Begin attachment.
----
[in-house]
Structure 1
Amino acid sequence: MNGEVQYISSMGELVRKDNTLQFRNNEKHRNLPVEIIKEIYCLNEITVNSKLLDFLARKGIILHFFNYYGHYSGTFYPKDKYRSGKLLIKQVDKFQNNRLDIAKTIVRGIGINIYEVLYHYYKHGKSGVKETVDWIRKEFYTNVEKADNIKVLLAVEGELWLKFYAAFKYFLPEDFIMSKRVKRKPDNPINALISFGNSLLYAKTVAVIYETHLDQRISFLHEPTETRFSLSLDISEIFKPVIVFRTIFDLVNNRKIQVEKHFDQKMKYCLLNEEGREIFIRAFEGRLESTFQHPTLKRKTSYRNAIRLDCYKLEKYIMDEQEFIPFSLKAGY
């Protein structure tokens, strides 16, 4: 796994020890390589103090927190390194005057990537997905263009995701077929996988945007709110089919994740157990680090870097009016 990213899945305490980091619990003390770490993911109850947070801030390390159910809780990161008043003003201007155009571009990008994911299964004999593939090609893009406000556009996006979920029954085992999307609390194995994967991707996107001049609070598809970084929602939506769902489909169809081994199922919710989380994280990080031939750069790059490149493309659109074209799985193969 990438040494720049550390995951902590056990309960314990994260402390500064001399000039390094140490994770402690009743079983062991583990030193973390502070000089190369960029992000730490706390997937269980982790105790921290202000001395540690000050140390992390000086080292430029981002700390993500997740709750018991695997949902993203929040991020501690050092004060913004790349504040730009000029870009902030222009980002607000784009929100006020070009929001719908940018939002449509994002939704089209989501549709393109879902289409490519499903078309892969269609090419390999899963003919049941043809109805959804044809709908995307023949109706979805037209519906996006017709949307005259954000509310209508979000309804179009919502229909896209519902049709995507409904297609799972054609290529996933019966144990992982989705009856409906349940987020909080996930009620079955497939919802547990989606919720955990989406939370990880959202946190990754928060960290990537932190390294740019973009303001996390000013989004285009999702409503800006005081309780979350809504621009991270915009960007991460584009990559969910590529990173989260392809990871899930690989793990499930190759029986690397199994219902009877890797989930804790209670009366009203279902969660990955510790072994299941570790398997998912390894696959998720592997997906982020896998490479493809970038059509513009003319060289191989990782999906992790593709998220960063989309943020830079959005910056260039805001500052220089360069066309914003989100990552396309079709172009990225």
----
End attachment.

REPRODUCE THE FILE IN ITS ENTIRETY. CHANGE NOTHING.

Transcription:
[in-house]
Structure 1
Amino acid sequence: MNGEVQYISSMGELVRKDNTLQFRNNEKHRNLPVEIIKEIYCLNEITVNSKLLDFLARKGIILHFFNYYGHYSGTFYPKDKYRSGKLLIKQVDKFQNNRLDIAKTIVRGIGINIYEVLYHYYKHGKSGVKETVDWIRKEFYTNVEKADNIKVLLAVEGELWLKFYAAFKYFLPEDFIMSKRVKRKPDNPINALISFGNSLLYAKTVAVIYETHLDQRISFLHEPTETRFSLSLDISEIFKPVIVFRTIFDLVNNRKIQVEKHFDQKMKYCLLNEEGREIFIRAFEGRLESTFQHPTLKRKTSYRNAIRLDCYKLEKYIMDEQEFIPFSLKAGY
């Protein structure tokens, strides 16, 4: 796994020890390589103090927190390194005057990537997905263009995701077929996988945007709110089919994740157990680090870097009016 990213899945305490980091619990003390770490993911109850947070801030390390159910809780990161008043003003201007155009571009990008994911299964004999593939090609893009406000556009996006979920029954085992999307609390194995994967991707996107001049609070598809970084929602939506769902489909169809081994199922919710989380994280990080031939750069790059490149493309659109074209799985193969 990438040494720049550390995951902590056990309960314990994260402390500064001399000039390094140490994770402690009743079983062991583990030193973390502070000089190369960029992000730490706390997937269980982790105790921290202000001395540690000050140390992390000086080292430029981002700390993500997740709750018991695997949902993203929040991020501690050092004060913004790349504040730009000029870009902030222009980002607000784009929100006020070009929001719908940018939002449509994002939704089209989501549709393109879902289409490519499903078309892969269609090419390999899963003919049941043809109805959804044809709908995307023949109706979805037209519906996006017709949307005259954000509310209508979000309804179009919502229909896209519902049709995507409904297609799972054609290529996933019966144990992982989705009856409906349940987020909080996930009620079955497939919802547990989606919720955990989406939370990880959202946190990754928060960290990537932190390294740019973009303001996390000013989004285009999702409503800006005081309780979350809504621009991270915009960007991460584009990559969910590529990173989260392809990871899930690989793990499930190759029986690397199994219902009877890797989930804790209670009366009203279902969660990955510790072994299941570790398997998912390894696959998720592997997906982020896998490479493809970038059509513009003319060289191989990782999906992790593709998220960063989309943020830079959005910056260039805001500052220089360069066309914003989100990552396309079709172009990225």